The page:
With this knowledge, it would be entirely possible to write the above Java code in Python in almost exactly the same way, but that would miss one of Python’s great encapsulation features: properties. Properties allow you to have class attributes that are accessed like simple attributes (fields or instance variables in other object-oriented languages) but are actually implemented by the class’s methods. Let’s rewrite the above code in Python using properties:

class Simple(object):
	def __init__():
		self.__x = 0
		self.__y = 0
		self.__sum = 0
	def setX(self, t, tmpx):
		self.__x = tmpx
	def setY(self, tmpy):
		self.__y = tmpy
	def getSum(self):
		self.__sum = self.__x + self.__y
	x = property(None, setX)
	y = property(None, setY)
	sum = property(getSum)

It may a bit hard to see why Python properties are so nice with this example, but there are a few things that are still pretty clear. Firstly, the user of your class just needs to know the name of a variable to set or get. They don’t need to deal with your naming conventions for setters or getters. This in turn lets you steer development of your class with finer accuracy.

Unlike Java, you don’t need to lock down your fields by declaring them private and then writing getters and setters which really do nothing. You can start by having everything be wide open and public and save a lot of boilerplate. Then when the need arises to make something closed, you can implement that as a method and leave everything else unchanged. Through it all users are blissfully unaware of what’s going on. The class becomes a smart store-house of data which they can get just by reaching for it. To see a larger example of how setters are useful, see this really informative post.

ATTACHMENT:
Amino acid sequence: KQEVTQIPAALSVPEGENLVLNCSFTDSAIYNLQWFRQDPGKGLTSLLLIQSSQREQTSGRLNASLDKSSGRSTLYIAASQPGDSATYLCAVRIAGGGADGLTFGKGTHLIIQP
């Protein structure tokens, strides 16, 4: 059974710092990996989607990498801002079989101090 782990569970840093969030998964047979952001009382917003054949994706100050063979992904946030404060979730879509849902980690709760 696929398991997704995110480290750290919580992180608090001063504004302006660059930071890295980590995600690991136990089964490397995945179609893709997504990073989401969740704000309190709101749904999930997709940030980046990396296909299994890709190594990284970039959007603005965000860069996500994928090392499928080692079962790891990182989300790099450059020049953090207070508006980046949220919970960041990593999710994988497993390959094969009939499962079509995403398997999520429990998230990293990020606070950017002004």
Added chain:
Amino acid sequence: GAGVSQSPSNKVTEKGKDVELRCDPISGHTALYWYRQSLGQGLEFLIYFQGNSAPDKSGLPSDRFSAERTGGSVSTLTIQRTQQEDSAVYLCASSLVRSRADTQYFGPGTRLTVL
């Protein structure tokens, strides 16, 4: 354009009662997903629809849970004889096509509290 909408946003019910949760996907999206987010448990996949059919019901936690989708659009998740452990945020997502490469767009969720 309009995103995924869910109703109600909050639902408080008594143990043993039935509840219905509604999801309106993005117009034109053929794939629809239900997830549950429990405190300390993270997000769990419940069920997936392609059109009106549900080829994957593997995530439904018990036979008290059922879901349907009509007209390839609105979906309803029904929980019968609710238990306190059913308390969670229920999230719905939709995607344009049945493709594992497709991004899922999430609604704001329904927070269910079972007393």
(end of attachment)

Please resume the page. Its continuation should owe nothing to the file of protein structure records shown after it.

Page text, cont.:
Over the past years I’ve learned to be careful when comparing languages, but in this case, I can say definitely that Python wins. To recap, here’s why:

  1. No boilerplate necessary. Compact code is mostly a good thing. Programs can easily be huge and complex, adding tons of getters and setters just in case you might someday need them doesn’t help.
  2. Better encapsulation (IMO). The way I see it, encapsulation is all about communicating with the user on a need to know basis. Why should the user need to know implementation details like whether you have a getter and setter and if your class attribute is public or private? Give them a single name by which they can access and alter a specific piece of data. Your API  documentation should say whether something is available to read/write or not.
  3. Properties let you put off the private/public decision. The fewer decisions you make, the less chance of having to change them later.

One note to remember is that for your classes to use properties, they have to inherit from object. I hope this article has helped you understand one of Python’s really useful but not-as-often used features. It can be hard to get used to a snappy, fluid language like Python coming from bulky Java or C++, but using language features like properties is a great way to start.